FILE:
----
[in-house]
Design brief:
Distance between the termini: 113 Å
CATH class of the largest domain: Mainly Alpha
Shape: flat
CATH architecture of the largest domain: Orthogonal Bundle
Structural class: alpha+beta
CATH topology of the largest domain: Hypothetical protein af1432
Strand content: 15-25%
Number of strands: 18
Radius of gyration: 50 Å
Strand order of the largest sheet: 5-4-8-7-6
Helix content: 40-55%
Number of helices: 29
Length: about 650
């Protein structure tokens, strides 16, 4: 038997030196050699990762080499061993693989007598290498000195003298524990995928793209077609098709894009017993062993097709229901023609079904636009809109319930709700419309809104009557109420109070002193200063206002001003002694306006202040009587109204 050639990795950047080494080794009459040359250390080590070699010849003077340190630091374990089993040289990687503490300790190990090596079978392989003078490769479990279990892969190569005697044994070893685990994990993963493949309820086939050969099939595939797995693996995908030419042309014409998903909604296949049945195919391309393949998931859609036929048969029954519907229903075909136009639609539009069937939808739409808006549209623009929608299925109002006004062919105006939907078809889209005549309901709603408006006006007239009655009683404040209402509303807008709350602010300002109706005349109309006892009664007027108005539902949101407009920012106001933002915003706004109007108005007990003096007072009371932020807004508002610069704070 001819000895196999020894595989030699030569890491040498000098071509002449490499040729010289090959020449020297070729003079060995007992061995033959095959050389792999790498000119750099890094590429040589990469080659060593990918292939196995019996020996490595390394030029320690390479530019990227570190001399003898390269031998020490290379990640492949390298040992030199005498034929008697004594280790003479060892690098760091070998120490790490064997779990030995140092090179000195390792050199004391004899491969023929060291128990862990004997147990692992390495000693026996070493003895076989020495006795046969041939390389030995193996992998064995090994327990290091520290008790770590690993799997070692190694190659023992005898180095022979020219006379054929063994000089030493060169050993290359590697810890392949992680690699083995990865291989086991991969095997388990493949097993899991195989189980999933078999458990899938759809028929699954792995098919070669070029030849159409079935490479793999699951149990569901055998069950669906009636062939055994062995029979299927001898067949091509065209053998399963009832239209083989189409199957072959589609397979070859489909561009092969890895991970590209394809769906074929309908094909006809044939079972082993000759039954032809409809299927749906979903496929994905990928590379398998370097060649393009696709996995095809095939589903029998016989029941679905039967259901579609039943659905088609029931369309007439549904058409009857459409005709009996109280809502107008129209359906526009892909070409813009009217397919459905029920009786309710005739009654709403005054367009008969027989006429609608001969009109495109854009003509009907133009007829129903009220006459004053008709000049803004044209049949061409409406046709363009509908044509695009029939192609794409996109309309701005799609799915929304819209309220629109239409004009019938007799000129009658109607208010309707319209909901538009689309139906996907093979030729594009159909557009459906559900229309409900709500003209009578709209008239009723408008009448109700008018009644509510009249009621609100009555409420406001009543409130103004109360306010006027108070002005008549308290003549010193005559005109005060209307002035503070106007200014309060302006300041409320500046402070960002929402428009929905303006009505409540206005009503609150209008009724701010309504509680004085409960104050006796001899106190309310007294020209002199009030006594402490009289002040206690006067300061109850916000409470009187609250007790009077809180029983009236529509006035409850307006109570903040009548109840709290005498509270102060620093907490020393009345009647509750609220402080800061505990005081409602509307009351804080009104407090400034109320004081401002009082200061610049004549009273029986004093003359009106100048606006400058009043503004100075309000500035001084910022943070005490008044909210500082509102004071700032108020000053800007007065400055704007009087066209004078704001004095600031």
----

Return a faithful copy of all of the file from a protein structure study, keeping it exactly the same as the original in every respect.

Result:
[in-house]
Design brief:
Distance between the termini: 113 Å
CATH class of the largest domain: Mainly Alpha
Shape: flat
CATH architecture of the largest domain: Orthogonal Bundle
Structural class: alpha+beta
CATH topology of the largest domain: Hypothetical protein af1432
Strand content: 15-25%
Number of strands: 18
Radius of gyration: 50 Å
Strand order of the largest sheet: 5-4-8-7-6
Helix content: 40-55%
Number of helices: 29
Length: about 650
């Protein structure tokens, strides 16, 4: 038997030196050699990762080499061993693989007598290498000195003298524990995928793209077609098709894009017993062993097709229901023609079904636009809109319930709700419309809104009557109420109070002193200063206002001003002694306006202040009587109204 050639990795950047080494080794009459040359250390080590070699010849003077340190630091374990089993040289990687503490300790190990090596079978392989003078490769479990279990892969190569005697044994070893685990994990993963493949309820086939050969099939595939797995693996995908030419042309014409998903909604296949049945195919391309393949998931859609036929048969029954519907229903075909136009639609539009069937939808739409808006549209623009929608299925109002006004062919105006939907078809889209005549309901709603408006006006007239009655009683404040209402509303807008709350602010300002109706005349109309006892009664007027108005539902949101407009920012106001933002915003706004109007108005007990003096007072009371932020807004508002610069704070 001819000895196999020894595989030699030569890491040498000098071509002449490499040729010289090959020449020297070729003079060995007992061995033959095959050389792999790498000119750099890094590429040589990469080659060593990918292939196995019996020996490595390394030029320690390479530019990227570190001399003898390269031998020490290379990640492949390298040992030199005498034929008697004594280790003479060892690098760091070998120490790490064997779990030995140092090179000195390792050199004391004899491969023929060291128990862990004997147990692992390495000693026996070493003895076989020495006795046969041939390389030995193996992998064995090994327990290091520290008790770590690993799997070692190694190659023992005898180095022979020219006379054929063994000089030493060169050993290359590697810890392949992680690699083995990865291989086991991969095997388990493949097993899991195989189980999933078999458990899938759809028929699954792995098919070669070029030849159409079935490479793999699951149990569901055998069950669906009636062939055994062995029979299927001898067949091509065209053998399963009832239209083989189409199957072959589609397979070859489909561009092969890895991970590209394809769906074929309908094909006809044939079972082993000759039954032809409809299927749906979903496929994905990928590379398998370097060649393009696709996995095809095939589903029998016989029941679905039967259901579609039943659905088609029931369309007439549904058409009857459409005709009996109280809502107008129209359906526009892909070409813009009217397919459905029920009786309710005739009654709403005054367009008969027989006429609608001969009109495109854009003509009907133009007829129903009220006459004053008709000049803004044209049949061409409406046709363009509908044509695009029939192609794409996109309309701005799609799915929304819209309220629109239409004009019938007799000129009658109607208010309707319209909901538009689309139906996907093979030729594009159909557009459906559900229309409900709500003209009578709209008239009723408008009448109700008018009644509510009249009621609100009555409420406001009543409130103004109360306010006027108070002005008549308290003549010193005559005109005060209307002035503070106007200014309060302006300041409320500046402070960002929402428009929905303006009505409540206005009503609150209008009724701010309504509680004085409960104050006796001899106190309310007294020209002199009030006594402490009289002040206690006067300061109850916000409470009187609250007790009077809180029983009236529509006035409850307006109570903040009548109840709290005498509270102060620093907490020393009345009647509750609220402080800061505990005081409602509307009351804080009104407090400034109320004081401002009082200061610049004549009273029986004093003359009106100048606006400058009043503004100075309000500035001084910022943070005490008044909210500082509102004071700032108020000053800007007065400055704007009087066209004078704001004095600031």